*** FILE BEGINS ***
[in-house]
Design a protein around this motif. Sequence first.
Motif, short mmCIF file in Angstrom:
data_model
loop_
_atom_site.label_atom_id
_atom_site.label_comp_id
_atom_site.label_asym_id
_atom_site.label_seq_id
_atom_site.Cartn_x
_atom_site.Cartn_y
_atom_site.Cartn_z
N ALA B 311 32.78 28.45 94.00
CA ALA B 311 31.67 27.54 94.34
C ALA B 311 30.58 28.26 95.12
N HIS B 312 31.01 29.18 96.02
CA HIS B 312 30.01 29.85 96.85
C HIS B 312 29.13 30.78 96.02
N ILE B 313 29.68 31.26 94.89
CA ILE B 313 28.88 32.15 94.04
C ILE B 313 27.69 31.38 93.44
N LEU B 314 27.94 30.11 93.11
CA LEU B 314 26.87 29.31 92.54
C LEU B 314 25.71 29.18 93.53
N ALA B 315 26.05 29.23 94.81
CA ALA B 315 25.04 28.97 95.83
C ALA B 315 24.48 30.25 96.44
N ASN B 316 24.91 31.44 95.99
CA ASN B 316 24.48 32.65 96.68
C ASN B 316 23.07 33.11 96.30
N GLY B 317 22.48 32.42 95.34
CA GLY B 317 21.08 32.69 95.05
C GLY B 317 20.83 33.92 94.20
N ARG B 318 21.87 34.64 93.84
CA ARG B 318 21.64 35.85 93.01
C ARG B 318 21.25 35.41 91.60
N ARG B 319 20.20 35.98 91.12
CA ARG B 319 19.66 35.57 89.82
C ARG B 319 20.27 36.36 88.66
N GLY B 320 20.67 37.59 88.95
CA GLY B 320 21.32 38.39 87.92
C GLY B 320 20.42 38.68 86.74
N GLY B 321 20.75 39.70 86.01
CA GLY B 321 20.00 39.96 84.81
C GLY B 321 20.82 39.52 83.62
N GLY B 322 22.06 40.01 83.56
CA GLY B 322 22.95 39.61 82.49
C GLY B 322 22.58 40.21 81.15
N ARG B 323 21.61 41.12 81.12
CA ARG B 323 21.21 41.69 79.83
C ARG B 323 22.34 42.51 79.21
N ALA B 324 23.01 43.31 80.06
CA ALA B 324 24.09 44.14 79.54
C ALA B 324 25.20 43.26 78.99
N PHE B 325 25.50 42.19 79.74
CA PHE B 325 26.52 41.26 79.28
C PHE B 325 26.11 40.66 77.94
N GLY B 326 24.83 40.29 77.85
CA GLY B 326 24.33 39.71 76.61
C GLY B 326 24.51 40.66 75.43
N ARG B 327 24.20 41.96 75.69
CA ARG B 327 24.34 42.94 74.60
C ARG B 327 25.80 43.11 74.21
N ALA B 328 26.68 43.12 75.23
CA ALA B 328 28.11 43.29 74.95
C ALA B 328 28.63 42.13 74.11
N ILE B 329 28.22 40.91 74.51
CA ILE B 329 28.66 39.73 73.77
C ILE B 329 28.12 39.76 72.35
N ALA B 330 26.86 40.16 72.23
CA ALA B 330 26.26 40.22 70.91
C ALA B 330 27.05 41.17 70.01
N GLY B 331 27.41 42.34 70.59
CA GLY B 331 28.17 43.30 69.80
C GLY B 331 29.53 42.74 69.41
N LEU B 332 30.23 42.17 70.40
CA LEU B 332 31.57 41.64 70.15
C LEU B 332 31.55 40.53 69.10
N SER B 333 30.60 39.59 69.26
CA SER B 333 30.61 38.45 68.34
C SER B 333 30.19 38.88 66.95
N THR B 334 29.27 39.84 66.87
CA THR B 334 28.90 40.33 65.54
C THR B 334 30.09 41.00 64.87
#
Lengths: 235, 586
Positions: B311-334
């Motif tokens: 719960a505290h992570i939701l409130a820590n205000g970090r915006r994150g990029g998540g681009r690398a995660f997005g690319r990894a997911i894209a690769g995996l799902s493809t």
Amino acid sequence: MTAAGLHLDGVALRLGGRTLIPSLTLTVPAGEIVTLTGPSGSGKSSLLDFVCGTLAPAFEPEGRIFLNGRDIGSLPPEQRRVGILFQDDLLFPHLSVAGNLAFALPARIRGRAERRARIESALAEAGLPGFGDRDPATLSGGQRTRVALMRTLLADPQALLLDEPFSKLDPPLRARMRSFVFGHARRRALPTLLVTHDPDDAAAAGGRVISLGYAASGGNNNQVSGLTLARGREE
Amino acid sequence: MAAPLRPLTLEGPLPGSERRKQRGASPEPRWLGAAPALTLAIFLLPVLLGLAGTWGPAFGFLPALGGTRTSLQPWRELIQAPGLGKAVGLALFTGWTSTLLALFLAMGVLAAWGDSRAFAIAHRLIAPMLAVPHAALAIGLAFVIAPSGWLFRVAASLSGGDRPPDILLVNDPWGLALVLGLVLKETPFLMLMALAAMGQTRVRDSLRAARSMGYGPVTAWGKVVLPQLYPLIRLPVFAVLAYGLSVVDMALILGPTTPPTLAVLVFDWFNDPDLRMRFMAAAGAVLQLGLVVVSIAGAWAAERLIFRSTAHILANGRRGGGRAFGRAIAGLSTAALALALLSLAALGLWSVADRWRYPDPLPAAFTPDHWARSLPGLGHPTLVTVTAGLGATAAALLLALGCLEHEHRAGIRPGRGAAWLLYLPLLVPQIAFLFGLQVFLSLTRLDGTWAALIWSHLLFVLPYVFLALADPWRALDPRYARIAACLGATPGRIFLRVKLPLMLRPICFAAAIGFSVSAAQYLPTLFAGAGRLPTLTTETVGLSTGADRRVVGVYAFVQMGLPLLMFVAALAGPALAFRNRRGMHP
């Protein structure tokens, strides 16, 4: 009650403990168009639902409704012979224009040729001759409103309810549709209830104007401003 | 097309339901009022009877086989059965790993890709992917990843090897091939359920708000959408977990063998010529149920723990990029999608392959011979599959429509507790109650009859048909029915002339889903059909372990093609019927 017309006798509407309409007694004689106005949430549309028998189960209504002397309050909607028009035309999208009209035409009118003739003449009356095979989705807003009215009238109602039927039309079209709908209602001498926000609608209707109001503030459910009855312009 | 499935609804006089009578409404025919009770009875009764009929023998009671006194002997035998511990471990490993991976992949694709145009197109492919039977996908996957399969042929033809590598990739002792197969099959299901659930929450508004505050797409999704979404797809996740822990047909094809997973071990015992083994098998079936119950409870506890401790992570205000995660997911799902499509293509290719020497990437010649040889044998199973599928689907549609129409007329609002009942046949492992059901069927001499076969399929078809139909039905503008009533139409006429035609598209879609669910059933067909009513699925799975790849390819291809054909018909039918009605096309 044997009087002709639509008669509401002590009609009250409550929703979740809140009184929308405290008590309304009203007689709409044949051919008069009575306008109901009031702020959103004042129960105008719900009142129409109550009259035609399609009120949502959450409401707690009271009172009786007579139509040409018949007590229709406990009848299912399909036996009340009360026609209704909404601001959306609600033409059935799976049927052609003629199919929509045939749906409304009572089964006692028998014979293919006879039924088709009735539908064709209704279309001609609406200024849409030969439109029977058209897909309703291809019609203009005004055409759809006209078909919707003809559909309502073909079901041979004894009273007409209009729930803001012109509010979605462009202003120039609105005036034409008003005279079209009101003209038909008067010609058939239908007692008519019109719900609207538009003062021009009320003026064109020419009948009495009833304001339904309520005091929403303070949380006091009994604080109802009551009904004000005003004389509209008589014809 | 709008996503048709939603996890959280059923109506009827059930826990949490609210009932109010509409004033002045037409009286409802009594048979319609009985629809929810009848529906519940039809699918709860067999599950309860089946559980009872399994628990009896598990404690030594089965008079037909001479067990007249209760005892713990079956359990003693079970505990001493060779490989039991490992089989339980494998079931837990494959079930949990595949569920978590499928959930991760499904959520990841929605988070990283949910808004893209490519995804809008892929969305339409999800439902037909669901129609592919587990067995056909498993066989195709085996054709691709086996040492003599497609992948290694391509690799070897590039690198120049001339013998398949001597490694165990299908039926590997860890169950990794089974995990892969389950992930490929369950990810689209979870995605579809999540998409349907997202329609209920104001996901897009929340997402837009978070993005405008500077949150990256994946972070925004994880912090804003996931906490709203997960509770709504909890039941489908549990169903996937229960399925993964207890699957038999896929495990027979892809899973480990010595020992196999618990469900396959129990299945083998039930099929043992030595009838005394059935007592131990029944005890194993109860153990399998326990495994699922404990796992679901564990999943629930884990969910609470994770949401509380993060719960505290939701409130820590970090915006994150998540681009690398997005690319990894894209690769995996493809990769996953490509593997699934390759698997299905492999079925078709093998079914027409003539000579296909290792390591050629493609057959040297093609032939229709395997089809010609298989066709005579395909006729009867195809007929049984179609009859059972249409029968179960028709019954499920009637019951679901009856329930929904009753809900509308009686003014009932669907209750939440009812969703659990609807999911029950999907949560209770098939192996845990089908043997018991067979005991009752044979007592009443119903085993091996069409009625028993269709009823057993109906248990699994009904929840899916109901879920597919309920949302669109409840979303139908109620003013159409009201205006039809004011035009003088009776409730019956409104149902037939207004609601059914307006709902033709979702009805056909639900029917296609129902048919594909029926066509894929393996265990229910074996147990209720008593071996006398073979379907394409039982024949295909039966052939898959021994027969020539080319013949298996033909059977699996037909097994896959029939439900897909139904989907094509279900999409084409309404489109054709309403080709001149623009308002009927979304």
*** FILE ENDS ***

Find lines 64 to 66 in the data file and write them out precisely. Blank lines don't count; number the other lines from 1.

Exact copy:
N ALA B 328 26.68 43.12 75.23
CA ALA B 328 28.11 43.29 74.95
C ALA B 328 28.63 42.13 74.11